CHICAGO (GenomeWeb) – Researchers at the University of California, San Francisco, will use NantHealth's GPS Cancer molecular analysis test to support a new research study on metastatic breast cancer.
Culver City, California-based NantHealth announced today that it will support UCSF in a pilot study of comprehensive molecular profiling in women with the disease. As part of their collaboration, UCSF and NantHealth will collect tissue samples and clinical information from patients with either metastatic or recurrent breast cancer to test various forms of molecular profiling for clinical care. They will then create a workflow to test the feasibility of real-time profiling to support clinical decision-making, evaluate "actionable" biomarkers, and record whether the results of the GPS Cancer tests affect patient care.
Specifically, researchers will study to what degree analysis of gene mutations, gene expression, and protein expression is helpful for patient care. They also will look at immune markers within tumor architecture.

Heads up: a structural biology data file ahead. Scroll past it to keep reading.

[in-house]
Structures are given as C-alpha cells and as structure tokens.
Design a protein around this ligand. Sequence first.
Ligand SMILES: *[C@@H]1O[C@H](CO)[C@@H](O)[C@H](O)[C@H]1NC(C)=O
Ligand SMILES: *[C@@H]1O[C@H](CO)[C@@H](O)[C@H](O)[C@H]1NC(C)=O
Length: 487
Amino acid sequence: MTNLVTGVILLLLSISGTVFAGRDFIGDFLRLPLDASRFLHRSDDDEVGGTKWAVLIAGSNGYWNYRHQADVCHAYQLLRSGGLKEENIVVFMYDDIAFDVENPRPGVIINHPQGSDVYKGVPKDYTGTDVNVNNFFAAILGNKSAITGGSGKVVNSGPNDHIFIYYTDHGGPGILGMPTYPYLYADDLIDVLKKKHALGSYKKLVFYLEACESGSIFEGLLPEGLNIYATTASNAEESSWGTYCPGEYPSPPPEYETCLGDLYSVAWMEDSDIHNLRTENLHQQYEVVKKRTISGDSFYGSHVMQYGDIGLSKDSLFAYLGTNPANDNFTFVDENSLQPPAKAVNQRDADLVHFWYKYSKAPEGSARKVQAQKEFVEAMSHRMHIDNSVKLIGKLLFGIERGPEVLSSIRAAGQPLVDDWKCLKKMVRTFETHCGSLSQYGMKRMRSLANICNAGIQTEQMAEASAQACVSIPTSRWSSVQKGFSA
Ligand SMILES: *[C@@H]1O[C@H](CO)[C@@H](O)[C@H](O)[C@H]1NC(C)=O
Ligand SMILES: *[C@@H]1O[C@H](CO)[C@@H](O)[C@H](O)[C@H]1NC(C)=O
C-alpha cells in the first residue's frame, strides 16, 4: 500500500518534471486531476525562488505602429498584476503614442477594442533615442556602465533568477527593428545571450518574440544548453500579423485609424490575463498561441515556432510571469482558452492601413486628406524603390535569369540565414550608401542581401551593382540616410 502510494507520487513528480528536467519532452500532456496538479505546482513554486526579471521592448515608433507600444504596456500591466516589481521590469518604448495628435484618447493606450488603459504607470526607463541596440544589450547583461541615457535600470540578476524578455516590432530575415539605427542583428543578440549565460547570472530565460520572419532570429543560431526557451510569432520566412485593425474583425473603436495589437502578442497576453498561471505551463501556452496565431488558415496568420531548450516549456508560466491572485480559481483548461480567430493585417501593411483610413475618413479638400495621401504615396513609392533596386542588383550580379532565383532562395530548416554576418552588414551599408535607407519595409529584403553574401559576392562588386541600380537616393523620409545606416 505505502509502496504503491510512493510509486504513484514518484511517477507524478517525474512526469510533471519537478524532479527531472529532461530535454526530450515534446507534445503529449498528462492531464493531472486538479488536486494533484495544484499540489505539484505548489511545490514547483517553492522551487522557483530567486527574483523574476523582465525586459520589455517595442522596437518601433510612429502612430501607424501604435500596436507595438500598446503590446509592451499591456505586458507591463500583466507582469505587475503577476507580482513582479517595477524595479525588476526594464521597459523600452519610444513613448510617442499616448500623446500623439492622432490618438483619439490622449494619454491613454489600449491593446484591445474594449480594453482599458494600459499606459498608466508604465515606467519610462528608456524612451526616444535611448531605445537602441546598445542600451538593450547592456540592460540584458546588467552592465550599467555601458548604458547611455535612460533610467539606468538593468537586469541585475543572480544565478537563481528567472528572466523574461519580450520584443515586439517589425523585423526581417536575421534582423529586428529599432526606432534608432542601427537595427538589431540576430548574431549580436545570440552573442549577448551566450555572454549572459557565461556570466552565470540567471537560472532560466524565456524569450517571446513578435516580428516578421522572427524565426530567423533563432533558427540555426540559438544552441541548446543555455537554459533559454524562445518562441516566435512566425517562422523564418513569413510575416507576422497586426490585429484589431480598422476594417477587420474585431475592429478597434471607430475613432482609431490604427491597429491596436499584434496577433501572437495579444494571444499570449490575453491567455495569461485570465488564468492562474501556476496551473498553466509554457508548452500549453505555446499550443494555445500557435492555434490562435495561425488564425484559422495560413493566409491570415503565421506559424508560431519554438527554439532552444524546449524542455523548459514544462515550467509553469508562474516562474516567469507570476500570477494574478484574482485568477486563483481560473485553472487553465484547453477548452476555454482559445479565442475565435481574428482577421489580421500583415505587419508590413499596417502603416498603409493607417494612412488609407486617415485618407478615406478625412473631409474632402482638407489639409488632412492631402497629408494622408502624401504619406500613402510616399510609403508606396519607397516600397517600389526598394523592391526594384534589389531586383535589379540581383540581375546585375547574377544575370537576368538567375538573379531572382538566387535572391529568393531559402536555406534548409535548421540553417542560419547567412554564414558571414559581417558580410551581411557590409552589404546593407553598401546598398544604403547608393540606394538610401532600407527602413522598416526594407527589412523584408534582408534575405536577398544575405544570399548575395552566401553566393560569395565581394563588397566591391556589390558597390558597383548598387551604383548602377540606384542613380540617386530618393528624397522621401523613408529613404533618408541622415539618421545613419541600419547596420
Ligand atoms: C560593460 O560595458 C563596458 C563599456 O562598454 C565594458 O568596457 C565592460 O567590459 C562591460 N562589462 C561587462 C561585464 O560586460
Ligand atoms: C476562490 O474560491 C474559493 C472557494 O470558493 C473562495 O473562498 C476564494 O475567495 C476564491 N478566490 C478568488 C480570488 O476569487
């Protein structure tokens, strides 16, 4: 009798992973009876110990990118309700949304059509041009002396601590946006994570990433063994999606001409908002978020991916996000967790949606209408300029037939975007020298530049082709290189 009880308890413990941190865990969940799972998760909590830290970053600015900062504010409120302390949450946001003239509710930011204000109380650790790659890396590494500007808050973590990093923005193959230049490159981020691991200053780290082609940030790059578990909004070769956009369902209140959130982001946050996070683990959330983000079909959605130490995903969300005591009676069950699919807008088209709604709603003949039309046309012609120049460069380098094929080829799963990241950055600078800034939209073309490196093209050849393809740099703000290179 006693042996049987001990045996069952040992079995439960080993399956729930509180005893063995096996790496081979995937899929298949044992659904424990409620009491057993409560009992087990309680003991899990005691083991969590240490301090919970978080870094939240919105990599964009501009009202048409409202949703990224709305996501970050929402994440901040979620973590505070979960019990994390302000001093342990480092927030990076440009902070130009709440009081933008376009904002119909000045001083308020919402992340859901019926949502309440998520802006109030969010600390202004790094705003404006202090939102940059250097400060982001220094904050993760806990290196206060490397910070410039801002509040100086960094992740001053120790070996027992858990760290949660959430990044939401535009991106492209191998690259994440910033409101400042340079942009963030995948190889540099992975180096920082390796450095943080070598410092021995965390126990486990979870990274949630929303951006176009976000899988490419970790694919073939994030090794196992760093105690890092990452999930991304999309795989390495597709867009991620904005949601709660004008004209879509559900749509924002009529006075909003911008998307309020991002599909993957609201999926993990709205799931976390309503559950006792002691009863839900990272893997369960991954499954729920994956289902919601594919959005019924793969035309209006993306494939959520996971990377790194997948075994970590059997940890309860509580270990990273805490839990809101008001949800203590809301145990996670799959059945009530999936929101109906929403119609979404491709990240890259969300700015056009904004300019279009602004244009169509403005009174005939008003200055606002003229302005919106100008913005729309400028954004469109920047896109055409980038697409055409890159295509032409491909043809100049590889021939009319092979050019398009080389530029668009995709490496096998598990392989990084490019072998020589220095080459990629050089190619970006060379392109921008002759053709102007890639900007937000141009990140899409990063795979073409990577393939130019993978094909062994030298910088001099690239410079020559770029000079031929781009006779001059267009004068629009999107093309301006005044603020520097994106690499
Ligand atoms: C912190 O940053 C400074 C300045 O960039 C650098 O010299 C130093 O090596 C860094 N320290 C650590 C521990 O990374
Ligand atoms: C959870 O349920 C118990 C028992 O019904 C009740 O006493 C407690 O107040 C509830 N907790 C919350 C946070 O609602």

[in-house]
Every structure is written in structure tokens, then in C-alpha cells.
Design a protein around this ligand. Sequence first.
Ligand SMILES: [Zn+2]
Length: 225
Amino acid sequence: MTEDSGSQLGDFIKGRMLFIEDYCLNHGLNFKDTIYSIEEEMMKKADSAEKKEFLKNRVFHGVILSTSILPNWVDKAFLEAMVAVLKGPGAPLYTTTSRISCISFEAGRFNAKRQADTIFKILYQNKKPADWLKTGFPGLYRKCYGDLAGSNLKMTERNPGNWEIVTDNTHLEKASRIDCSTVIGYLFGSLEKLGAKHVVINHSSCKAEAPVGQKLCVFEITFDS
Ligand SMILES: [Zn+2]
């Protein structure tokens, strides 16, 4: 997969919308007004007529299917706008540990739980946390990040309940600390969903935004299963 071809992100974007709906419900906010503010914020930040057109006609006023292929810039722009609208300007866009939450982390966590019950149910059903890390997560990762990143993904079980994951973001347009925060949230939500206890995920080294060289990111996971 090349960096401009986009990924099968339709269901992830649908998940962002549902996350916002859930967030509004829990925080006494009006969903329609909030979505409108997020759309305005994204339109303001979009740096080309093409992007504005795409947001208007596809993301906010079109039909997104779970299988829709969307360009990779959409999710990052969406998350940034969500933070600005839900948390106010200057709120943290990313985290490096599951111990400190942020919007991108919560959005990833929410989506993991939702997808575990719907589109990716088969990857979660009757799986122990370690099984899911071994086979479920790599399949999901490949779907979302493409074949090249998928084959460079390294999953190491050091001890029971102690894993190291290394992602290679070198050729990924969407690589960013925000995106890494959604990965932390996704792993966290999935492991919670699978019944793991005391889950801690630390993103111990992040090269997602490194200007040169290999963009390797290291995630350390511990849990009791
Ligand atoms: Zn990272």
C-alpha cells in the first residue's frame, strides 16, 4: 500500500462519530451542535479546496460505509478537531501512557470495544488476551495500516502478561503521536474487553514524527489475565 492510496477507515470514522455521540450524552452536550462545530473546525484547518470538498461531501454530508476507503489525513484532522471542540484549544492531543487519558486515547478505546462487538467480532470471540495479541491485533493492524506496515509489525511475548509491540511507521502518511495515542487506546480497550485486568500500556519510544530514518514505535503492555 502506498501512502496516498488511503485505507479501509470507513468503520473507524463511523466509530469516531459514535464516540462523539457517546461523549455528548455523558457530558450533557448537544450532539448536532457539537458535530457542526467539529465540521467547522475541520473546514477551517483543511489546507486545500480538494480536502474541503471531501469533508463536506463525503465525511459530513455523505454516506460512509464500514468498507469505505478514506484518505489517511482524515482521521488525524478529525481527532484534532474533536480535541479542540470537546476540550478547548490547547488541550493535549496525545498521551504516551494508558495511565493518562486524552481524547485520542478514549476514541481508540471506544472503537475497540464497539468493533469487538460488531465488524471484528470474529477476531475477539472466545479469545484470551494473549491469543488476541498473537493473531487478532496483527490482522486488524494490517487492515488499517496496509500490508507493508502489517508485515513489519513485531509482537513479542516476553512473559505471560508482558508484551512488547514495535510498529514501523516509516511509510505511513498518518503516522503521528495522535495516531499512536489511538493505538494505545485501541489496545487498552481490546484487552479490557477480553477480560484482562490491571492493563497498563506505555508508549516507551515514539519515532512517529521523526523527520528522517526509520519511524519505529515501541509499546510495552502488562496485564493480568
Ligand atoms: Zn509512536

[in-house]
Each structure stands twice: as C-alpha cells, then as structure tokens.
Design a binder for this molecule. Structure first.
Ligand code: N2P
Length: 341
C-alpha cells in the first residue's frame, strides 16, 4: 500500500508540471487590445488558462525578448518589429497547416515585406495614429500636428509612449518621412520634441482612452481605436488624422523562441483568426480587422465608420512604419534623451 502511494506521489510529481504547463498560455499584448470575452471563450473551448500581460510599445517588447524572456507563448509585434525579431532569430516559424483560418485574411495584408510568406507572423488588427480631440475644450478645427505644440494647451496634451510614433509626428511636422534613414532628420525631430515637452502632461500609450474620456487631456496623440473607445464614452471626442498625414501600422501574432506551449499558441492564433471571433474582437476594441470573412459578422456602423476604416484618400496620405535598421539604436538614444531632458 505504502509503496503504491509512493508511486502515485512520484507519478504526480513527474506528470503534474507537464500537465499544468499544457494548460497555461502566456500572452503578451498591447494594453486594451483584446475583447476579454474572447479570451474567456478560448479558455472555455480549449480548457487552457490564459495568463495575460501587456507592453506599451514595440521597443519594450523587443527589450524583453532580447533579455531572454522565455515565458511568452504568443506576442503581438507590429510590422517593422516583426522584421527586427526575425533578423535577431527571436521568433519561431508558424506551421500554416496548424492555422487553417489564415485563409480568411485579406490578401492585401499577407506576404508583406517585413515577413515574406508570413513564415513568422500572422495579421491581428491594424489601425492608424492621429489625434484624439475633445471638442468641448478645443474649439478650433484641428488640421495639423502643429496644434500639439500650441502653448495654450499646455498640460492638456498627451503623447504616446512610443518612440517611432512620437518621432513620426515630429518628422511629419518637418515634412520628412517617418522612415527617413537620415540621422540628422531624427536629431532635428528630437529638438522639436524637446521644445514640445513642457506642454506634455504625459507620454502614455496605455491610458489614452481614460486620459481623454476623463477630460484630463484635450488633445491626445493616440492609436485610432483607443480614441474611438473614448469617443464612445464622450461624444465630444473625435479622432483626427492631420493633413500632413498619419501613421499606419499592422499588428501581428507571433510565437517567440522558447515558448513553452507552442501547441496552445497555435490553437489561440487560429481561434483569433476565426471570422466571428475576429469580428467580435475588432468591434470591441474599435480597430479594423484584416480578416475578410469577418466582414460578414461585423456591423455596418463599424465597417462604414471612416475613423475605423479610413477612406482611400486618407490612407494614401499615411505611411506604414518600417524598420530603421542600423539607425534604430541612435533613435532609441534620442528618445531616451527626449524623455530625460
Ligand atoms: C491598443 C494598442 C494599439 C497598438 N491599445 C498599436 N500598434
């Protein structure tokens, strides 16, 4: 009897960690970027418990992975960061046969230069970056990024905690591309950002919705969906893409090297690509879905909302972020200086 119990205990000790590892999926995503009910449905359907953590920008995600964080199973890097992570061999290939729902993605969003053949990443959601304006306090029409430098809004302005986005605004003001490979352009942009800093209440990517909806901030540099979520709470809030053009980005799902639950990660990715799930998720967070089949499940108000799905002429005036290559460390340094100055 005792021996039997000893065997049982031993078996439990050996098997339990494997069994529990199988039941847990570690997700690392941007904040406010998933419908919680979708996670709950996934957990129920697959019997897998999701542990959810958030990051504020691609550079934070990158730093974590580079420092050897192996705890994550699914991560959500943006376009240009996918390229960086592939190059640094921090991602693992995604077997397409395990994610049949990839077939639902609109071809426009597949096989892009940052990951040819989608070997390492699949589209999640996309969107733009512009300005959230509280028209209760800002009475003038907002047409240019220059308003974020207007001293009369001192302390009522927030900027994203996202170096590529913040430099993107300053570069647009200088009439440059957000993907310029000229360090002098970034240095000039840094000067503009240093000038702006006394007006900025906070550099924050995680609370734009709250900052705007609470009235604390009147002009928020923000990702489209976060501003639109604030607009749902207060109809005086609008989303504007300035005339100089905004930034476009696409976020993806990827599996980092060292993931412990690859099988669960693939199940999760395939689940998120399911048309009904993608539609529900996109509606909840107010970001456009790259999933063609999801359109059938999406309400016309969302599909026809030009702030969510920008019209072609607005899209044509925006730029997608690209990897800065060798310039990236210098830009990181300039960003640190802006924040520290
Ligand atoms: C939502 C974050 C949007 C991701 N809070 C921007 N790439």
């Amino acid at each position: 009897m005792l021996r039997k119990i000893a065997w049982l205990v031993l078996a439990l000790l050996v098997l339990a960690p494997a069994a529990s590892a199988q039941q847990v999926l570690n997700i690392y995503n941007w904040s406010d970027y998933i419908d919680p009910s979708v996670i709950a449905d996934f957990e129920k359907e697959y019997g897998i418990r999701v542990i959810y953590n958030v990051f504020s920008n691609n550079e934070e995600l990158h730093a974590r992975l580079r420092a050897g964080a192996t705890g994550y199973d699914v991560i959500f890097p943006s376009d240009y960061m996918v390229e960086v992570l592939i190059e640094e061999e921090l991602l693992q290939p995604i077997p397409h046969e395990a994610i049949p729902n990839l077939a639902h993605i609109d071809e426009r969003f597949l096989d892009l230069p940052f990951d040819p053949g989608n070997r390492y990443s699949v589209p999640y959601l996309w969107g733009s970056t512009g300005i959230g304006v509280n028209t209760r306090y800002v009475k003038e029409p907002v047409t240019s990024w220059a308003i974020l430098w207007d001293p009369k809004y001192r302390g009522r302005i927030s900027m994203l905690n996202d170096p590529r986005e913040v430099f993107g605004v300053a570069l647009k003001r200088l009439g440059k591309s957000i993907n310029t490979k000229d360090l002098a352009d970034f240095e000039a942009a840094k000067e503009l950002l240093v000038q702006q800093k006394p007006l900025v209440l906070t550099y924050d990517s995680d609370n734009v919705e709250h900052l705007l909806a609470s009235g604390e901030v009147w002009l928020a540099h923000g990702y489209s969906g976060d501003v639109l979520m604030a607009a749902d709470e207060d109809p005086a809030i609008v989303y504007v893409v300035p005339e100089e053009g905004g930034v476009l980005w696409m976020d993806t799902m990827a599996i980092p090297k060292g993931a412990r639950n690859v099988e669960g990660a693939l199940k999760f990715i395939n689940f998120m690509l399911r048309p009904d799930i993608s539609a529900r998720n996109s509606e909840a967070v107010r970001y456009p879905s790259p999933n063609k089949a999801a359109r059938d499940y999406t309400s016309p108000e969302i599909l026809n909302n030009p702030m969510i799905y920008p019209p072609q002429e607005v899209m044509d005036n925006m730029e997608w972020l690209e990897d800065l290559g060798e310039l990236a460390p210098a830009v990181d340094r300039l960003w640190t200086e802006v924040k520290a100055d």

"We understand that every patient responds to treatment differently, making it imperative for us to develop effective, personalized treatment options to fight stage IV breast cancer," Hope Rugo, director of the breast oncology clinical trials program at UCSF and co-principal investigator of this study, said in a statement. "My team and I are looking forward to this study and are confident that we will have a better understanding of how molecular profiling plays into physicians' treatment decisions."
NantHealth Chairman and CEO Patrick Soon-Shiong added that Rugo, her co-investigator Denise Wolf, and their research team "have the knowledge, resources, and expertise to be successful in exploring the relationship of immune profiling with tumor characteristics and molecular profiling in patients diagnosed with this form of breast cancer."